About Fermented Foods

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Some of our favourite fermented food quotes and definitions:

From Fermented Foods for Health: Use the Power of Probiotic Foods to Improve Your Digestion, Strengthen Your Immunity, and Prevent Illness by Deirdre Rawlings.

Value of Fermented Foods

“Fermented foods, then, are of utmost value because they furnish a rich supply of beneficial microflora and enzymes that combine to support the digestive process. Their beneficial microorganisms inhibit the growth of pathogenic bacteria by secreting large amounts of lactic acid, making the environment too acidic and unsuitable for pathogens. The lactic acid– producing bacteria, along with the help of enzymes in fermented foods, manufacture essential vitamins in your body: B1, B2, B3, B5, B6, B12, A, and K, all of which play important roles in strengthening immune system function and promoting healthy metabolism. Again, the digestive tract is home to some 100 trillion living bacteria of more than 400 different species, each of which has many types of strains. Approximately 20 types make up three-quarters of the total. Because these microorganisms are living, they require a certain environment in order to thrive. A large percentage are anaerobic, meaning they do not need oxygen to survive (making the gut a good place to set up housekeeping). Some are aerobic, meaning they require oxygen to survive. A third group produces lactic acid and can be either anaerobic or aerobic. Again, it is the lactic acid–producing bacteria that help acidify the intestinal tract and protect us from overgrowth of harmful bacteria.”

“Fermented foods contain the essential beneficial microorganisms required to ward off disease and fight everyday threats to our health. An abundant supply of these microorganisms builds a strong, resilient immune system and helps us bounce back quickly from the inevitable occasional illness. Daily consumption of lacto-fermented–rich foods, such as yogurt, sauerkraut, kefir, and kimchi, containing L. audiophiles and Bifidobacteria, supports the abundant production of a healthy army of defending antibodies.”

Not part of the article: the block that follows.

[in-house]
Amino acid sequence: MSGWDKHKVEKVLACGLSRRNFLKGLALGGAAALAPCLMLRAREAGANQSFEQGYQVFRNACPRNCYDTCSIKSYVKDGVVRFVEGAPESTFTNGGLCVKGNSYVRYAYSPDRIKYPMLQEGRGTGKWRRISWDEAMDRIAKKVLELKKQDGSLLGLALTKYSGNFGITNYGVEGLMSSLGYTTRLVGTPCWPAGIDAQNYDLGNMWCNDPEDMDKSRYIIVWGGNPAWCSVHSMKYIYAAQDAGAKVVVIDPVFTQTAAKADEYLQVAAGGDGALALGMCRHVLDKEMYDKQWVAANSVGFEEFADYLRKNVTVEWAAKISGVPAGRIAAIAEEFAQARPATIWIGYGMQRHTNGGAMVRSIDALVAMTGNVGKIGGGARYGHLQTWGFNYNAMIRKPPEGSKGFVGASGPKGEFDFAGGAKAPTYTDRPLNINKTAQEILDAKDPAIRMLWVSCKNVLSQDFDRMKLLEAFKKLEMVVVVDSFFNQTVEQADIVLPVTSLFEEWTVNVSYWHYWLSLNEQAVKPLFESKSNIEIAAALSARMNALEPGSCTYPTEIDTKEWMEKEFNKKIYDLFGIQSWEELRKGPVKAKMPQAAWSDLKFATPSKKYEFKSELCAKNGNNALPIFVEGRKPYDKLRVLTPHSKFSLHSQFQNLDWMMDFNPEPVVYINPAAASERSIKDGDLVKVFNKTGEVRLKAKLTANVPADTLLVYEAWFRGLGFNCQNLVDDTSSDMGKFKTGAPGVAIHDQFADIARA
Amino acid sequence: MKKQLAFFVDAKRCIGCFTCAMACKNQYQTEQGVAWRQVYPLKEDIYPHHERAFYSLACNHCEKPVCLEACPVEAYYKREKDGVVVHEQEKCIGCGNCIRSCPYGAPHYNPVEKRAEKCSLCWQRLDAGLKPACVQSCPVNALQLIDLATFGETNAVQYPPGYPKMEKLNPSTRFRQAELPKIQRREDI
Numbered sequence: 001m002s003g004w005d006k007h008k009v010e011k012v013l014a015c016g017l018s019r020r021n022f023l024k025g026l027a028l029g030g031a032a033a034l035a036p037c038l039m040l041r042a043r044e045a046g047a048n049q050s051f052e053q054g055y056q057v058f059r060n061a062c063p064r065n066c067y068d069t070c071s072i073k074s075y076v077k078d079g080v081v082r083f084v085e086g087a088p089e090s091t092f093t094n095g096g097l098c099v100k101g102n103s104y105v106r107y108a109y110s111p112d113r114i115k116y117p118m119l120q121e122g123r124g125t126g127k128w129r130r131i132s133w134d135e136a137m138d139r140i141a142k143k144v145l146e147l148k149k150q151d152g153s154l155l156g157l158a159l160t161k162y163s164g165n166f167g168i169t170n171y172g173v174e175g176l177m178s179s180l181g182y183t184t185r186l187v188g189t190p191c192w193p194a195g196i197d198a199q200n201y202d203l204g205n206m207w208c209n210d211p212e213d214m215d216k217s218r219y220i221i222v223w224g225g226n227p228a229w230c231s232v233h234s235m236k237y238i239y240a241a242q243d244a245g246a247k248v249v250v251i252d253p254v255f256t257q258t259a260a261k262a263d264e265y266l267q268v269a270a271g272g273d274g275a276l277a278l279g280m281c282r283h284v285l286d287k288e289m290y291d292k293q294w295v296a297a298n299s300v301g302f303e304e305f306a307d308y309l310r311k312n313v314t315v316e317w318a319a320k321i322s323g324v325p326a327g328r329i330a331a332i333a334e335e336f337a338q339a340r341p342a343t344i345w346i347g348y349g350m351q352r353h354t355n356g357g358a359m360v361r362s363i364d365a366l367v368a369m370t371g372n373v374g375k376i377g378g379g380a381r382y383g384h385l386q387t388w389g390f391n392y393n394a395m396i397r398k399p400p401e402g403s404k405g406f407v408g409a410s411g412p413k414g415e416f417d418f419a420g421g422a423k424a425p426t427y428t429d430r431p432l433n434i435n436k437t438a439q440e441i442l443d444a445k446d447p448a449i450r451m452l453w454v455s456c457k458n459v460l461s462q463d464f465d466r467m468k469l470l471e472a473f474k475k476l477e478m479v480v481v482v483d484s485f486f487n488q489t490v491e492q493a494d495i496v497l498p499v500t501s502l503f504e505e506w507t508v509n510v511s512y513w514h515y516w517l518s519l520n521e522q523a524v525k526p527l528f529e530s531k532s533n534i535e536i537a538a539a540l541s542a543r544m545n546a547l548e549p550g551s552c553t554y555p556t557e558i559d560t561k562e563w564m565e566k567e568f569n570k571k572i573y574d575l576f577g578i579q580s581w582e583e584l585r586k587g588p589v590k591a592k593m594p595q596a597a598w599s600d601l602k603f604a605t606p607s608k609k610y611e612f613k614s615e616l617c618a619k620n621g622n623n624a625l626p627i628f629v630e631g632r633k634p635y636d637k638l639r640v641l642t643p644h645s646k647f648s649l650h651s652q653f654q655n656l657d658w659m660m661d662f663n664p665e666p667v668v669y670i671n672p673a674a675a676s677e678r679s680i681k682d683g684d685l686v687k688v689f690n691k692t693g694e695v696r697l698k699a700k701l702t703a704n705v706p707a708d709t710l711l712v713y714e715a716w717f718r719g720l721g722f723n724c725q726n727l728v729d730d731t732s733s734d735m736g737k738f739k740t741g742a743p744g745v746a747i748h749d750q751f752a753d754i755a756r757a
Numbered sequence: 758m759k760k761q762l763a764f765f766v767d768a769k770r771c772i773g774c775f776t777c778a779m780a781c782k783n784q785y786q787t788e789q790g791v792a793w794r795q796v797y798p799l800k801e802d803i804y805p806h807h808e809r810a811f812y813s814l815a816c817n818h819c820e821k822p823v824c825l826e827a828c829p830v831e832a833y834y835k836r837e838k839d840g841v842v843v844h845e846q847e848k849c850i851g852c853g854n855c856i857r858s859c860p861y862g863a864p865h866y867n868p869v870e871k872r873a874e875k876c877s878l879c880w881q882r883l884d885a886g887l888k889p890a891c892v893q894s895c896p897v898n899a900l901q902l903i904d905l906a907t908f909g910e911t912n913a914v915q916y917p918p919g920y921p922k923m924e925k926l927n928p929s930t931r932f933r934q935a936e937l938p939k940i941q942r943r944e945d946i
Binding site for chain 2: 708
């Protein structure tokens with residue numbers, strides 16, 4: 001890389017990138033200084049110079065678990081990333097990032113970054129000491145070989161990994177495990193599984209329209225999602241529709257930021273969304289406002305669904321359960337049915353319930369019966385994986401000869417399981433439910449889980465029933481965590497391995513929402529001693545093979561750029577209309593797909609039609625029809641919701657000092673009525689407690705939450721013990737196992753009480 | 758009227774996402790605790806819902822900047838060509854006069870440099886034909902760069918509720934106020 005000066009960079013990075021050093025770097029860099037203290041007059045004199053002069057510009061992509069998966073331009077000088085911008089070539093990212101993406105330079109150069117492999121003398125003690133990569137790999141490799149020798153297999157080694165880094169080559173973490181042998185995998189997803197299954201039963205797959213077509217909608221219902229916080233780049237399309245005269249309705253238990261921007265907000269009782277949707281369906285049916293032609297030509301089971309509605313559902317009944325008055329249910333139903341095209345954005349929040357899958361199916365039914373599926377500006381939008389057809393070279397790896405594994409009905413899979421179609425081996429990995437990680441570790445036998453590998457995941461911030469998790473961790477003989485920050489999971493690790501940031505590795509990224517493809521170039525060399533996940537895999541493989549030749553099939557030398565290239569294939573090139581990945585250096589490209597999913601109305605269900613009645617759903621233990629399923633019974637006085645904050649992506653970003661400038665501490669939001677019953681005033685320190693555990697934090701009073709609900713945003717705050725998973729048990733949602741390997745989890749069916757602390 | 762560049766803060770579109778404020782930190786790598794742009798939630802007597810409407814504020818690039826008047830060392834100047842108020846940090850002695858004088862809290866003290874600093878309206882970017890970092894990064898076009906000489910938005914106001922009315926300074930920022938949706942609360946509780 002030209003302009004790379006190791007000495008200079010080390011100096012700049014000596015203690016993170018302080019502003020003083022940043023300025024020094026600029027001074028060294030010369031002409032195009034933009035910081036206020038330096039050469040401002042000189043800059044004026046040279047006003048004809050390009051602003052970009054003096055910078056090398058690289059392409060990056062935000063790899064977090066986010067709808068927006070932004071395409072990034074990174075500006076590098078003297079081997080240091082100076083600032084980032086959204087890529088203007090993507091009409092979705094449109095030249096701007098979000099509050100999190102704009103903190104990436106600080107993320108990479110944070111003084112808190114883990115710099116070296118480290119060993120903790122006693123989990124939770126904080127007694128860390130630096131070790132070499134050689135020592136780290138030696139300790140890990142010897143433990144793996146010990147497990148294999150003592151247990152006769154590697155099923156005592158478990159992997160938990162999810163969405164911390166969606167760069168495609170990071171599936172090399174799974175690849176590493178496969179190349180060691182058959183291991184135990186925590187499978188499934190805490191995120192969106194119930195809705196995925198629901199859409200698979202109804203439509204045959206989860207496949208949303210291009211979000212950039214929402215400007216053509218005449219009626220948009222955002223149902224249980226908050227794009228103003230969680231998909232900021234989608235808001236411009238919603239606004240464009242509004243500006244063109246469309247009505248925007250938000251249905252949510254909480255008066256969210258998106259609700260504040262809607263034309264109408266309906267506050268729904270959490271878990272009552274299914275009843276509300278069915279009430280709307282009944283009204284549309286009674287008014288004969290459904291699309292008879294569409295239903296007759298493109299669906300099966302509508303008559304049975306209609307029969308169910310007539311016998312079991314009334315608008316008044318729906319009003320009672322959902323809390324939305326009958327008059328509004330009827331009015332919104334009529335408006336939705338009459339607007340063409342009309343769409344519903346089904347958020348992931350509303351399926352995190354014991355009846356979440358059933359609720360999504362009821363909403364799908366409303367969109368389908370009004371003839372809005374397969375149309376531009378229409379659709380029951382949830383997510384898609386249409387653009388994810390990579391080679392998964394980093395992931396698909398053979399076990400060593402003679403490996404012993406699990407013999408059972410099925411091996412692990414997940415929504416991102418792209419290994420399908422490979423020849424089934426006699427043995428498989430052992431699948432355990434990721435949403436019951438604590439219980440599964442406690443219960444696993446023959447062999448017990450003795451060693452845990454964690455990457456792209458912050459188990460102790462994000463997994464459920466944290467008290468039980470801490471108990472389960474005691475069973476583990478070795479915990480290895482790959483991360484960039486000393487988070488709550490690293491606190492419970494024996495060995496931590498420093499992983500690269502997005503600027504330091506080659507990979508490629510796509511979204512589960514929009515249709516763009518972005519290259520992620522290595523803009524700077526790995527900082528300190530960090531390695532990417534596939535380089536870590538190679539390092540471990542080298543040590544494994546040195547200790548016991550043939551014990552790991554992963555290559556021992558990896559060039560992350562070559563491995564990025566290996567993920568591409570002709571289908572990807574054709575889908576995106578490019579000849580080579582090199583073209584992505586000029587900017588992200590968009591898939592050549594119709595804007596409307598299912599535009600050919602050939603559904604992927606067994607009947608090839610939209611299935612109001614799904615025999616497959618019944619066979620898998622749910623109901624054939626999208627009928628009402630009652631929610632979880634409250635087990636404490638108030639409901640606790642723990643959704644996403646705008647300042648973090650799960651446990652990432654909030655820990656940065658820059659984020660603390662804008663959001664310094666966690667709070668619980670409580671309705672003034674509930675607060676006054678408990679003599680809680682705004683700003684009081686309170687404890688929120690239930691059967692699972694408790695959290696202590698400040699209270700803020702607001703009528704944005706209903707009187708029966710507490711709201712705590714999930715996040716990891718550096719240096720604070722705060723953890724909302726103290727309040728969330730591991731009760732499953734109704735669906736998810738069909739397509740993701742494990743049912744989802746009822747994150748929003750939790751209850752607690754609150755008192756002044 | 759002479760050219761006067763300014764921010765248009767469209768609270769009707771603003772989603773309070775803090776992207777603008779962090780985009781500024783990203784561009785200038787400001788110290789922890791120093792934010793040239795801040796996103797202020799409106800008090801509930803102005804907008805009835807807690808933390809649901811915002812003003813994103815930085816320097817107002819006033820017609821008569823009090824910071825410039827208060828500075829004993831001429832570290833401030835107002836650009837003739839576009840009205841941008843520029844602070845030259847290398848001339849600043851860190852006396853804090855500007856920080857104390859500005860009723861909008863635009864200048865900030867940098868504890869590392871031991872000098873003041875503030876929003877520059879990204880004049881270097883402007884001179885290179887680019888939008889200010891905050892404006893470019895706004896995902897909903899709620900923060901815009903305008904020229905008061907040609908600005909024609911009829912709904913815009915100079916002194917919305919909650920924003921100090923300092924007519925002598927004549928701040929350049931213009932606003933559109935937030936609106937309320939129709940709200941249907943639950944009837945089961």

Lacto Fermented Foods:

“PROCESS OF FERMENTATION Fermentation happens when microorganisms (natural bacteria and some yeasts) feed on the sugar and starch in food, converting them into lactic acid in a process known as lacto-fermentation. There are several types of fermentation (which I’ll briefly discuss on page 7), but lacto-fermentation provides the most health benefits and, therefore, is the type we will focus on in this book. From a biochemical perspective, fermentation involves the metabolic breakdown of a nutrient anaerobically (without the use of oxygen). This breakdown produces ethanol, acids, gases, and other precursor molecules, which act as intermediate compounds in a chain of enzymatic reactions, from which a more stable or definitive product is formed. In a broader sense, lacto-fermentation creates beneficial bacteria, enzymes, vitamins, and various strains of probiotics (live beneficial microorganisms). An added benefit just happens to be an increased shelf life of food. Interestingly, fermentation doesn’t just encompass one basic process—it’s nearly as diverse as the range of foods it produces.”

For a deeper understanding of some reasons for choosing fermented foods take a look at the work of the Weston A Price Organization. Some great reasons to include these foods in your diet as many traditional cultures have done around the world for thousands of years.